Mountain bike drivetrains have evolved from sounding like a bucket of bolts rattling down the trail to something much less distracting thanks to the introduction of the clutch derailleur. In combination with narrow-wide chainrings, it's rare to drop a chain these days. In some cases, that silence and security may come at the cost of suspension suppleness due to the tension in the derailleur, especially on bikes with high anti-squat values that tend to have more perceived pedal kickback.
O-chain’s Active MTB Spider is essentially a chain damping system that claims to “release rear suspension” from the transmission. It does so by adding a floating element between the chainring and crankarm for either traditional bikes or eMTBs. Adding another component or level of complexity might seem like over-engineering, but the Active Spider stands to overcome what the clutch derailleur has undone, all in the name of suspension performance while still producing a stealthy ride.
O-Chain Active Spider Details
• Intended use: All full-suspension bikes
• 4, 6, 9, 12 degrees of articulation
• Aluminum 7076 T6 alloy body, elastomer bumpers
• Mounting patterns: SRAM, Shimano, Race Face, Hope, FSA, E13, Cane Creek, Brose (eMTB), Bosch, Shimano EP8
• Drivetrain specs: 52mm chainline, 30-36T chainring, 104 BCD
• Titanium chainring bolts included
• Weight: 128 grams
• Max rider weight: 100kg
• MSRP: €299
• More info: ochain.bike
In a literal sense, the spider rotates counter-clockwise a few degrees, independently of the crank. Small elastomers captured in the housing of the spider allow it to rock back and forth to help isolate the chain forces from the suspension movement, something the frame designers have tried to skirt their way around by often using more pivots or idler wheels. This does mean that it will require the rider to move the crankarm further through the pedal stroke to compress that elastomer before the rear hub engages, although the feeling is softer and less jolting than the pick-up in a hub with a low-degree of engagement.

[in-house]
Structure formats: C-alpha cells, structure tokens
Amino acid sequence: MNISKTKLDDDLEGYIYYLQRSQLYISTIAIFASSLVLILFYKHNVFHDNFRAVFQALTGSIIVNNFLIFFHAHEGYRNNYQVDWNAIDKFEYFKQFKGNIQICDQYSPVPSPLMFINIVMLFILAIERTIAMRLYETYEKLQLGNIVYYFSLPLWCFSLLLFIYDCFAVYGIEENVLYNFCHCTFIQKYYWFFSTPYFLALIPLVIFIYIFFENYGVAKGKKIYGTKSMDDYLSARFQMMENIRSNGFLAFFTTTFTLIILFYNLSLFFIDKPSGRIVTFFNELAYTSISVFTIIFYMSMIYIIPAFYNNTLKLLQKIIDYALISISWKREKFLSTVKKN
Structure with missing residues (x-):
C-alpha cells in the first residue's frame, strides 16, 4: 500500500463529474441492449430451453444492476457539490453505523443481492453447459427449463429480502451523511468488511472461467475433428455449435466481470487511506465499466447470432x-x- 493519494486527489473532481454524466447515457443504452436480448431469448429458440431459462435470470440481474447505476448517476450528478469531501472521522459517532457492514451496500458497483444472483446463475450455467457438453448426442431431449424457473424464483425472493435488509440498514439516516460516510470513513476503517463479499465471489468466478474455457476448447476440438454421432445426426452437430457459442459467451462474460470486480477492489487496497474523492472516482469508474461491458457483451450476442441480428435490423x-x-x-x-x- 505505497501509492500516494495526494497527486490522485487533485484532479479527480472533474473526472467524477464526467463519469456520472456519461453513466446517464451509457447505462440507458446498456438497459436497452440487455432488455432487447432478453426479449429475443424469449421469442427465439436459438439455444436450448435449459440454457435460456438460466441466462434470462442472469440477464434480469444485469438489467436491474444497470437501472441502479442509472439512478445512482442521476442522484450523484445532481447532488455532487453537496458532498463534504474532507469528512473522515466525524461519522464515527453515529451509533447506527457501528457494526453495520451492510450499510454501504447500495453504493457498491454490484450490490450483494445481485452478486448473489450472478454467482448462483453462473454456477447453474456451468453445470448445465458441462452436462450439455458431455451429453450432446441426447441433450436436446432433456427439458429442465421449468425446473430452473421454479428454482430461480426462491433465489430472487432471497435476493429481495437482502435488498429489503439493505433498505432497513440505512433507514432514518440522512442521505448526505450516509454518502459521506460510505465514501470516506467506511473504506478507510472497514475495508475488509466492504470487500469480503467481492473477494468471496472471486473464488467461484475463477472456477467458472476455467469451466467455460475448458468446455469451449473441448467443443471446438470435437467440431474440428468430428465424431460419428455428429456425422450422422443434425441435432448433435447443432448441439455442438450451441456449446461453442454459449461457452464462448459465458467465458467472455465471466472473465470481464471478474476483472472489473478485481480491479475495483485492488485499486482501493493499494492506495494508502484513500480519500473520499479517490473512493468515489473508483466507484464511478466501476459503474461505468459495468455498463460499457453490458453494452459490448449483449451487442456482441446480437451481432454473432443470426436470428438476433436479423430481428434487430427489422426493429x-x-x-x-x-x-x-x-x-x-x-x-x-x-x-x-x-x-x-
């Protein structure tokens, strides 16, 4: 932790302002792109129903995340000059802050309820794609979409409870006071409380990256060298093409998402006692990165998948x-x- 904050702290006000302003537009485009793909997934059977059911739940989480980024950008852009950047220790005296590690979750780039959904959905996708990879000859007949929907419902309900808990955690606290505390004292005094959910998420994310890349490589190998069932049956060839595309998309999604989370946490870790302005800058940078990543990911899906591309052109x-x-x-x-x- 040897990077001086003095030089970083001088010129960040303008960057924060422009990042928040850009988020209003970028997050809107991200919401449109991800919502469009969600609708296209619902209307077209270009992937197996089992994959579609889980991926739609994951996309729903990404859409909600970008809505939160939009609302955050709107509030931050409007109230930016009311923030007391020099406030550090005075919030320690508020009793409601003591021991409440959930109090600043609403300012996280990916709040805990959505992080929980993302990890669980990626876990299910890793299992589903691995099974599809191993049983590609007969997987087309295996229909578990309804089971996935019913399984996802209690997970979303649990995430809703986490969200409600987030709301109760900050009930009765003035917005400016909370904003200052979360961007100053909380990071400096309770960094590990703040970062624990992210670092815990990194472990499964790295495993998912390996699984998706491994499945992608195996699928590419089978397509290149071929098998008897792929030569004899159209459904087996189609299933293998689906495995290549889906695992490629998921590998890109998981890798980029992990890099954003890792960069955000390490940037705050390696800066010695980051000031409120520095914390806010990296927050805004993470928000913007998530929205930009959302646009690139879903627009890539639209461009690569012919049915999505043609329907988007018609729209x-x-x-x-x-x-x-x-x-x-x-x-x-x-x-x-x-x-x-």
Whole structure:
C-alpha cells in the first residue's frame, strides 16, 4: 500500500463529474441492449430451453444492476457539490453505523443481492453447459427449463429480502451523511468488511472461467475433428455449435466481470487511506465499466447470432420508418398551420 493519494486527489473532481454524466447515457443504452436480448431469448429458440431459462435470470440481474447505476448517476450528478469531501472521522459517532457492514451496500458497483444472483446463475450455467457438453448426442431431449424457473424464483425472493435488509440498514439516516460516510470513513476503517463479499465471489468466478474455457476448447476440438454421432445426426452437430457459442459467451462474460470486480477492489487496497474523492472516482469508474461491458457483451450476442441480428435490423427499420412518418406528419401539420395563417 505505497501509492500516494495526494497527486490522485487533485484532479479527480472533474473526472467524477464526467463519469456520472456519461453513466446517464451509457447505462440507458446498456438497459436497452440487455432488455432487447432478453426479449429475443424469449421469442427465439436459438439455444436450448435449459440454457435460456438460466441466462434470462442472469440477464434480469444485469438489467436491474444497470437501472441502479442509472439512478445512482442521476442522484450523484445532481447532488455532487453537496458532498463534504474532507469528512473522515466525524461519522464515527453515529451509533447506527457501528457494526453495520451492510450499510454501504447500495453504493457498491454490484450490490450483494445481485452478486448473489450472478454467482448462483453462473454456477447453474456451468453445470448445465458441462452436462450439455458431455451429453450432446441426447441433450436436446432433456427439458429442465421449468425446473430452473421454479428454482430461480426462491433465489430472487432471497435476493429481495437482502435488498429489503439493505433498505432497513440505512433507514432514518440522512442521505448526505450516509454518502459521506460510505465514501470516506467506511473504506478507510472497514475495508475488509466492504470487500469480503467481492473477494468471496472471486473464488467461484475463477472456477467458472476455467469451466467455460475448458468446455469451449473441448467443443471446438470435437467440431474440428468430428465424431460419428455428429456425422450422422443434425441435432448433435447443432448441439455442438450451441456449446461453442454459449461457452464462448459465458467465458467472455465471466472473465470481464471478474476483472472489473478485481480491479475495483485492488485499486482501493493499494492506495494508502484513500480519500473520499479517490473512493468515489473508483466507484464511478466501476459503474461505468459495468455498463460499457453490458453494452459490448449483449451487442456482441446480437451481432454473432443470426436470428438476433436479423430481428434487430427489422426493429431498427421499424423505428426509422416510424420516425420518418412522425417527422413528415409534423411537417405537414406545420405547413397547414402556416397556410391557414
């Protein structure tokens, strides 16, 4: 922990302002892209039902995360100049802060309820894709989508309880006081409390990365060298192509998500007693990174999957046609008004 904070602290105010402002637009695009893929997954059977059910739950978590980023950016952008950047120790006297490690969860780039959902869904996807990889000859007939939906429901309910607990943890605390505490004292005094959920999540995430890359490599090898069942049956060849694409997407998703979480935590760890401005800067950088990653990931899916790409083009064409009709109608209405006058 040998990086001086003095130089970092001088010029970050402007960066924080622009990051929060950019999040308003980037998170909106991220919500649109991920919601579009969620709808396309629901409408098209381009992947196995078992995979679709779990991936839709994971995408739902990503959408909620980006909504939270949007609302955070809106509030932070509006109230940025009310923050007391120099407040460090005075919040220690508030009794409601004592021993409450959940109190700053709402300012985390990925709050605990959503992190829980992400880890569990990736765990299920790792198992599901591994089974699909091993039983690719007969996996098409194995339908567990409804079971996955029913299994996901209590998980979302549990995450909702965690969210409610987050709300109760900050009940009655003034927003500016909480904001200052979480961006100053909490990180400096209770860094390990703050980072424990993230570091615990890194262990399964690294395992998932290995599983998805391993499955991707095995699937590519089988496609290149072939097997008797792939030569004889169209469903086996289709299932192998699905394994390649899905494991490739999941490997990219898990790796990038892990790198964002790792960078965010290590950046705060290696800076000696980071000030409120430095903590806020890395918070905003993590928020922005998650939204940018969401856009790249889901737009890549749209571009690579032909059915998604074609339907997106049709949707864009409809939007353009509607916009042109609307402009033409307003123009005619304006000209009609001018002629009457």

The Yeti SB160 without the O-Chain system.
Once installed, you can see how the Active Spider lets the chainring rotate.
O-Chain machines their Active Spiders in Italy and offers anodized black or nickel-chrome treatments for all popular direct mount crank/chainring interfaces from SRAM, Shimano, Race Face, Hope, FSA, E13, and Cane Creek for bikes with 52mm chainlines. Each spider is machined from an aluminum 7076 T6 alloy and is compatible with chainrings between 30 and 36 teeth. This SRAM spider weighed 128g, as claimed, without the chainring bolts. E-bikes haven’t been left out either since O-Chain has kits to work with Brose, Bosch, and Shimano EP8 motor mounts too.
The component arrives in the 6-degree setting and includes the necessary parts to change that float to 4 or 9 degrees as well. Those three settings are aimed at enduro-style riding, however, there is a larger 12-degree float option as well. O-Chain recommends this setting for downhill bikes since they have more rear wheel travel, are often subjected to higher forces and don’t require as many half-pedal, ratcheting movements that are common while climbing.
A gold-coloured metal chip is stamped with the number of degrees (in this case “6”) that the spider can rotate freely - the smaller the chip, the more the spider rotates. Elastomers matching the size of the chip are then situated to soften the rotating half of the spider as the crank engages the chainring.
This only affects the forward rotation of the crank, although there is another set of round elastomers that soften the return of the spider as it reaches the neutral position and dissipates some forces of the ring if it is rotated in the clockwise direction.
Setting up the Active Spider is as straightforward as bolting on a 4-bolt chainring and spider. I began by using the 6-degree, stock configuration and didn’t need to play with the chainline spacing at all. If you do wish to mess with the spacing, O-Chain does sell bolt kits to move the chainline either 3 or 4.5mm to either side of the spider.
Installing Active Spider on the Yeti SB160 wasn’t a hassle, but I did have to move the upper portion of the chainguide well out of the way to clear the spider as it rotated around a 32-tooth Wolf Tooth brand chainring. That’s because the spider is bulkier than a direct mount chainring. This means that the upper portion of the guide doesn’t actually sit close enough to keep the chain from lifting off of the ring. Although I never experienced any derailments, a simple post-style upper guide without captive sides might be best here.
From the outside, this clever device seems simple, but there are a number of intricate pieces placed inside. At €299 the Active MTB Spider isn’t cheap, however this is a one-of-a-kind component for an attentive rider looking to optimize their suspension characteristics.
Two other important considerations are the fact that each Active Spider is brand-specific to the crank interface and you will need to use a 104 bolt-circle chainring (BCD). There is no price difference between mounting-type for the standard spiders but the eMTB is slightly more expensive at €328. O-Chain includes the titanium chainring bolts with the kit but only guarantees fitment with their own chainrings that cost €62. The 30-tooth costs 10€ more because those integrate the female end of the bolt connection.
Additional equipment, service kits and replacement parts are also available through distributors or O-Chain’s website. The 12-degree elastomer kit cost €19 and the service kits are €28.
Maintenance and Warranty